Dole tries to unify party But Buchanan, Forbes aren't finished fighting

Campaign 1996

March 07, 1996|By Paul West and Susan Baer | Paul West and Susan Baer,SUN NATIONAL STAFF

AUSTIN, Texas -- Sen. Bob Dole kicked off the next phase of the Republican presidential campaign yesterday, the one in which the presumptive nominee tries to heal his fractured party.

If the first day was any indication, Mr. Dole's mission of party unification will be neither quick nor easy.

Patrick J. Buchanan, his most acerbic rival, conceded that Mr. Dole's nomination "now appears inevitable." But he vowed to press on all the way to the Republican convention in San Diego, and he tore into the Senate majority leader yesterday with some of the most caustic language he has used thus far. The Dole campaign, Mr. Buchanan charged, is "hollow" and an "empty vessel," and bereft of excitement, passion or even ideas.

"You go to a Dole rally, you think you stumbled into a funeral parlor," Mr. Buchanan told a ferociously fervent crowd of several hundred packed into a hotel tent in Tampa, Fla.

Speaking of his own campaign, Mr. Buchanan bellowed: "The cause is more important than the man. We're going to fight this all the way to San Diego. They ask me, 'How long are you going to fight?' We're gonna fight till hell freezes over. Then we're gonna fight on the ice."

Steve Forbes, the other major challenger, managed yesterday to win a long-awaited endorsement from Jack F. Kemp, the former New York congressman and U.S. housing secretary, and, Mr. Forbes, too, showed no signs that he is about to quit.

For his part, Mr. Dole hinted that the time had come for Mr. Buchanan and Mr. Forbes to drop out, and said he hoped they would withdraw if they fare poorly in today's primary in New York, where Mr. Dole is heavily favored.

On the day after his sweep of primaries in eight states, including Maryland, Mr. Dole picked up the endorsement of Gov. George W. Bush of Texas, the state with the biggest prize in next week's "Super Tuesday" round of seven primaries.

The Senate majority leader looked tired and sounded flat as he stood outside the governor's mansion in Austin, with the eldest son of his one-time Republican rival, former President George Bush.

The two men later flew to Houston and posed with the former president, who will not formally endorse Mr. Dole until the Republican race is over.

Former Tennessee Gov. Lamar Alexander and Sen. Richard G. Lugar of Indiana also endorsed Mr. Dole yesterday as they withdrew from the race.

Mr. Dole now has 276 delegates, four times as many as his nearest rival, Mr. Forbes. It will likely be next month before Mr. Dole amasses the 996 delegates required to become the nominee.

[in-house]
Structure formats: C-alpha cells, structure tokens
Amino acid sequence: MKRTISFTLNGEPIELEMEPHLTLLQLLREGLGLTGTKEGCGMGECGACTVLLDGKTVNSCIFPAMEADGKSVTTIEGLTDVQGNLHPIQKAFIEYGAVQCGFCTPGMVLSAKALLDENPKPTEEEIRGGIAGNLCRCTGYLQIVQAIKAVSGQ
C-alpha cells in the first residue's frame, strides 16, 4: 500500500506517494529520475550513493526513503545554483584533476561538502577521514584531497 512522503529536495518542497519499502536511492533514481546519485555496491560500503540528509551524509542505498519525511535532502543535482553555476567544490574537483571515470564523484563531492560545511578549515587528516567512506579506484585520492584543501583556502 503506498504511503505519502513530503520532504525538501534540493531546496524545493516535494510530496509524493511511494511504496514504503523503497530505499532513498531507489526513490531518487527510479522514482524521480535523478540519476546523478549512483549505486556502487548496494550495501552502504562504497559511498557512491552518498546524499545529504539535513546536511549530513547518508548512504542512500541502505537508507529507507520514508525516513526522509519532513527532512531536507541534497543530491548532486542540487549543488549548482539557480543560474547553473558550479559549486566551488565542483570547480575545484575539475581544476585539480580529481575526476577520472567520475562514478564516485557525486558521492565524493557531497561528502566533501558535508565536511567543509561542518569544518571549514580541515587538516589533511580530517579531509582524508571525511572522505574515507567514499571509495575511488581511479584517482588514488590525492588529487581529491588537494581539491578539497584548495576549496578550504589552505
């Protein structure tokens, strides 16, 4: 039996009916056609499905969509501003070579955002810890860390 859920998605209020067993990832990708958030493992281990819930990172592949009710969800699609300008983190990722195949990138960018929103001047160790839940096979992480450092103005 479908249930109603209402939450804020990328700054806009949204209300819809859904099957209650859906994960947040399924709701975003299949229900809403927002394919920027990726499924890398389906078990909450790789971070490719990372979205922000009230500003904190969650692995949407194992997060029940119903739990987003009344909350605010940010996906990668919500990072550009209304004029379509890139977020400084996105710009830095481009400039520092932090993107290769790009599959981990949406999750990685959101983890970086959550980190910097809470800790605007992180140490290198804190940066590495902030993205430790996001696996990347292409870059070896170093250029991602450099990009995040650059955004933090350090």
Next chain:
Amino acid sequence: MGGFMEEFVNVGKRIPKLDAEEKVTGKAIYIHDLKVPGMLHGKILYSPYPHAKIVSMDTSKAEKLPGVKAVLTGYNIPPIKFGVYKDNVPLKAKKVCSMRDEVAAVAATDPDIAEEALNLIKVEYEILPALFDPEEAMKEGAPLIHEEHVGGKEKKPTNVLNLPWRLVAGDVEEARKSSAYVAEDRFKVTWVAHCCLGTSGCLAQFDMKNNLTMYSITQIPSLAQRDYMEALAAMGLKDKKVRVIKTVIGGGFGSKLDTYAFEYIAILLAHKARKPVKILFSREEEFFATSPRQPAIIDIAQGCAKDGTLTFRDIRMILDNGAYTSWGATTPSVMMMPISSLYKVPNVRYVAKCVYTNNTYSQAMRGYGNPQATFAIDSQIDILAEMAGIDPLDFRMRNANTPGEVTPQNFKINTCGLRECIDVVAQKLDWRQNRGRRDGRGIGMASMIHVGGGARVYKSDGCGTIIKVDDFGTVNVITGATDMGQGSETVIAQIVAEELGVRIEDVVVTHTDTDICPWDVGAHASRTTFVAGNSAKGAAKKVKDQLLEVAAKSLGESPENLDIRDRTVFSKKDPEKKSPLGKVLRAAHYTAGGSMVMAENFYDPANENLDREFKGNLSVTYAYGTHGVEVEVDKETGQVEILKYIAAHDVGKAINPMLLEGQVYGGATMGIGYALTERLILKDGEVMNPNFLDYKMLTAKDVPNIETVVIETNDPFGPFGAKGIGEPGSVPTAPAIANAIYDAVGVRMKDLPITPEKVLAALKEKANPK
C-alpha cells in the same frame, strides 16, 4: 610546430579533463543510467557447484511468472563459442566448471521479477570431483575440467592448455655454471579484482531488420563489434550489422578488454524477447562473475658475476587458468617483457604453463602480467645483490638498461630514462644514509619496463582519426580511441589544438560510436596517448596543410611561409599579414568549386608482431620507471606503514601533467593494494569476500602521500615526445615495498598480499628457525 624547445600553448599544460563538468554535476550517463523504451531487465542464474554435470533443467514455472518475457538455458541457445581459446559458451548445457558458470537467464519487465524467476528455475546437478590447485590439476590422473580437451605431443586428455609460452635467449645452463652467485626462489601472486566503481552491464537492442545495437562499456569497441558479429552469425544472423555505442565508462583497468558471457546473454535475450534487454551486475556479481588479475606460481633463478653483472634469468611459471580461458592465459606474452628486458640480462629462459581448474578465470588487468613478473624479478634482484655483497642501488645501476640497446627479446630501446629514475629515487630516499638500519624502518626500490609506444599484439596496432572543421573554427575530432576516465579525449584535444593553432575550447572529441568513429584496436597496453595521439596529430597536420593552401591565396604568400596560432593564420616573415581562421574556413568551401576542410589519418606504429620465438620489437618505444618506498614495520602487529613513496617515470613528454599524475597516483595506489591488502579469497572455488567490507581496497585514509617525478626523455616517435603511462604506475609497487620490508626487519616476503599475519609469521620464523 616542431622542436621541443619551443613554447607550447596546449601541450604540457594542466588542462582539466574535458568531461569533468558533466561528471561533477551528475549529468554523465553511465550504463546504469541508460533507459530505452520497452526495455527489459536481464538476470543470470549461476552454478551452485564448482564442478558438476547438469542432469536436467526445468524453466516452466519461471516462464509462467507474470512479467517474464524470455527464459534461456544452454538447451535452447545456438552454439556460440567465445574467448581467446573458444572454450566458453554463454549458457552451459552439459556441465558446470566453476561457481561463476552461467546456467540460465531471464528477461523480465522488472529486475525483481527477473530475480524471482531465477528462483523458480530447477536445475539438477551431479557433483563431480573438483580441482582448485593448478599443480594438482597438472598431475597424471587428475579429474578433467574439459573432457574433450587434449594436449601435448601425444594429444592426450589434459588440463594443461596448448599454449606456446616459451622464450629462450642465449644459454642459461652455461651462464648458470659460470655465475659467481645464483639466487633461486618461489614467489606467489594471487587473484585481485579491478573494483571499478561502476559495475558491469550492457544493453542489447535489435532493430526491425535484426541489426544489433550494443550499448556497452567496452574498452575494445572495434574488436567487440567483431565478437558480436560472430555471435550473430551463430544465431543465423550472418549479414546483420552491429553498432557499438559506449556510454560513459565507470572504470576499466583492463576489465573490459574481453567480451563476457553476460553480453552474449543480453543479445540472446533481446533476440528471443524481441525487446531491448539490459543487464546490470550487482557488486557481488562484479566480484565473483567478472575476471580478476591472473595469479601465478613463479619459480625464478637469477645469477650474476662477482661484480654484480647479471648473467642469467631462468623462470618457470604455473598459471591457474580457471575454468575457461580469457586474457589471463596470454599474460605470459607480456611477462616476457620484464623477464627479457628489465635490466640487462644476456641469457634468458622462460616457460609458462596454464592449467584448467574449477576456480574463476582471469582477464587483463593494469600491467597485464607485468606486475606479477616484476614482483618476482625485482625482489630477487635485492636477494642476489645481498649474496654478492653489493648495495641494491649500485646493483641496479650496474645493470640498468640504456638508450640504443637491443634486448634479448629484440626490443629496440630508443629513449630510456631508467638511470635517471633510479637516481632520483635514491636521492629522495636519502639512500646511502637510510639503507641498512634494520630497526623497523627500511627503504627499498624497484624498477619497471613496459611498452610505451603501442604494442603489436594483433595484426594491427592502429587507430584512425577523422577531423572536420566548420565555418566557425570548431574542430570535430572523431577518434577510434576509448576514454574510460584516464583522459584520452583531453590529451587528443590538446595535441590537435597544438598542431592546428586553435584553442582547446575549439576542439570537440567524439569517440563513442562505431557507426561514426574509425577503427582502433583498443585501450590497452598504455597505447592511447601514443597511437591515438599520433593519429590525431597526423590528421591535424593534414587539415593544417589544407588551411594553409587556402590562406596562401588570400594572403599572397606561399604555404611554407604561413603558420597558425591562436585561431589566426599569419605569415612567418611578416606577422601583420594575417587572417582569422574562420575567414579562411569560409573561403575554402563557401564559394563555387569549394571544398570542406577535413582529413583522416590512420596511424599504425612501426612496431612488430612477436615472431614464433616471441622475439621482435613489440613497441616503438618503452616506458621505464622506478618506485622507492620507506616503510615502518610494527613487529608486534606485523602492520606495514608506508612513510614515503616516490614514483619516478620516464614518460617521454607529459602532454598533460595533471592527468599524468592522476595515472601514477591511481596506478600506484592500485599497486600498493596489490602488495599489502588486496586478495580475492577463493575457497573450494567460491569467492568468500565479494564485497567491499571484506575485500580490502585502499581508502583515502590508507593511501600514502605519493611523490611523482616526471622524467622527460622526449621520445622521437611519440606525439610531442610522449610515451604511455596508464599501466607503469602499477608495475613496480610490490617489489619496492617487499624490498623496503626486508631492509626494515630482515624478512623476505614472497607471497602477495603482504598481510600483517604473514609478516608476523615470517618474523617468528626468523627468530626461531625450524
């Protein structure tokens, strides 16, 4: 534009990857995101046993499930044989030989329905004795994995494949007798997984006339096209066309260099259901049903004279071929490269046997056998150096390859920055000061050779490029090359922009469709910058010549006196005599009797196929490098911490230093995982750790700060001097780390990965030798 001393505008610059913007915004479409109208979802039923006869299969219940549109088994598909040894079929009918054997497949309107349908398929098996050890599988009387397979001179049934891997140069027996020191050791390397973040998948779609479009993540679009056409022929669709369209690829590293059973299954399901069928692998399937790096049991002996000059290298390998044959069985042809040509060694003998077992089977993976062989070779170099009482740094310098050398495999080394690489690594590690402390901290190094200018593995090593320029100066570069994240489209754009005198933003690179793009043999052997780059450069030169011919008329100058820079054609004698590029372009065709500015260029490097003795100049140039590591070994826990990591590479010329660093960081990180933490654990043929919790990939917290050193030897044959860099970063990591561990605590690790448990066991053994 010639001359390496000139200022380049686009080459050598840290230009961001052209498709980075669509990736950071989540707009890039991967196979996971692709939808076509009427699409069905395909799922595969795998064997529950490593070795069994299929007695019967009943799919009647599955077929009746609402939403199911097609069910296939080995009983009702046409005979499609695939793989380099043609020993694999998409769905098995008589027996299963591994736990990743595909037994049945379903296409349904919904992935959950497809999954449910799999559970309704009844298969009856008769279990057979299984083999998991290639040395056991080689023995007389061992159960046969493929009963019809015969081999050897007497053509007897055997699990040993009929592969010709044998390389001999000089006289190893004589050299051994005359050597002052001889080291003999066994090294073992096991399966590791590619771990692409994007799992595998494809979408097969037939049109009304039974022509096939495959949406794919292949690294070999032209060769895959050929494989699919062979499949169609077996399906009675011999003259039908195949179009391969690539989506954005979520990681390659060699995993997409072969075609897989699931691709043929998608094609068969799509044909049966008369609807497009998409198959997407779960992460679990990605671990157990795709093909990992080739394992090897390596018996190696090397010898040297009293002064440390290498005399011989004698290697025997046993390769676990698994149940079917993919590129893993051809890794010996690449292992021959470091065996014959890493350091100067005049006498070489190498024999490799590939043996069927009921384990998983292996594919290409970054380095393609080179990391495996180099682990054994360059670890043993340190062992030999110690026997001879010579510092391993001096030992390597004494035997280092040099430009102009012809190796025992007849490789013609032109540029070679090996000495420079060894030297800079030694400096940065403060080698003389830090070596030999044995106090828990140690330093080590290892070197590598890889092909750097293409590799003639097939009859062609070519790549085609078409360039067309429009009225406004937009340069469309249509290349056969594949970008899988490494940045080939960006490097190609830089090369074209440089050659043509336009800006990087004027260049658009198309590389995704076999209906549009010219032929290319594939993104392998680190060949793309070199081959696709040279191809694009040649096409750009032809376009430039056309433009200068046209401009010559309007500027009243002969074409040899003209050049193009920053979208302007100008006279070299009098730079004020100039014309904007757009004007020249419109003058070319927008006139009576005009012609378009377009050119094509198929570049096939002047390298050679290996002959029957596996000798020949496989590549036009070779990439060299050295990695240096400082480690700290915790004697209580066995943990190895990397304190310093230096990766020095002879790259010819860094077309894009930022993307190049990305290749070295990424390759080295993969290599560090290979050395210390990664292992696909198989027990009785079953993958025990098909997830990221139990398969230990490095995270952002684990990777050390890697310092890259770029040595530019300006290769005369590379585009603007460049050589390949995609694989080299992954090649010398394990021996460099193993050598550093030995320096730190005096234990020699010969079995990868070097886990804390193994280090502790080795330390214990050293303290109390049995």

In the meantime, Mr. Buchanan, who has 51 delegates, hopes to pick up as many delegates as possible by the end of the primary season in June, to gain leverage for pressing his views on trade, abortion and other issues, on the party's platform writers.

He refused to go so far as to pledge to support Mr. Dole if the senator from Kansas wins the nomination.

In 1992, Mr. Buchanan eventually threw his support behind Mr. Bush, whom he had challenged for the nomination.

"I think he will," Mr. Dole said. "He's been a lifelong Republican. I've known him for 20, 30 years, and I hope we'll be able to come together for the good of the party. Our goal is not to beat each other up here for the next three months. Our goal is to get ready to defeat Bill Clinton in November."

But Mr. Buchanan appeared to have shifted gears yesterday, talking more about his crusade than about the party's nomination.

"This is a cause," he said. "It's a run for the nomination, but not simply a run for the nomination."

He said he had already had "tremendous impact" on the race, having shined a spotlight on the plight of American middle-class workers, on immigration and on abortion. And Mr. Buchanan said one of the reasons he was pressing on with his campaign was to save the "right-to-life" anti-abortion plank in the Republican Party platform.

Mr. Buchanan asserted that he has amassed such large and fervent support that if Mr. Dole tried to pull the anti-abortion plank from the platform -- or weaken it -- at the Republican convention, "he can watch a significant part of the convention walk right out of the hall."

Many supporters at yesterday's spirited Buchanan rally in Tampa -- where the screams of "Go, Pat, Go" and "We love you, Pat" were even more exuberant than in the past -- said they were resigned to the fact that their candidate would not win the nomination. But they said they still wanted to send a message.

"I'll stay with him -- Pat's an emotional candidate to me," said Andy Jones, a retired military officer. "But, realistically, this is more of a statement that the status quo has to be changed or influenced. Maybe not this year [for Mr. Buchanan]. Maybe the year 2000."

Mindful of Mr. Buchanan's numerous supporters, Mr. Dole praised him yesterday for having "touched on some problems that ought to be addressed when it comes to trade, people losing their jobs, [or] afraid they may lose their jobs."

"I'm a common-sense conservative," said the 72-year-old senator, rehearsing his appeal to the Buchananites. "I've been voting that way a long time."

Pub Date: 3/07/96

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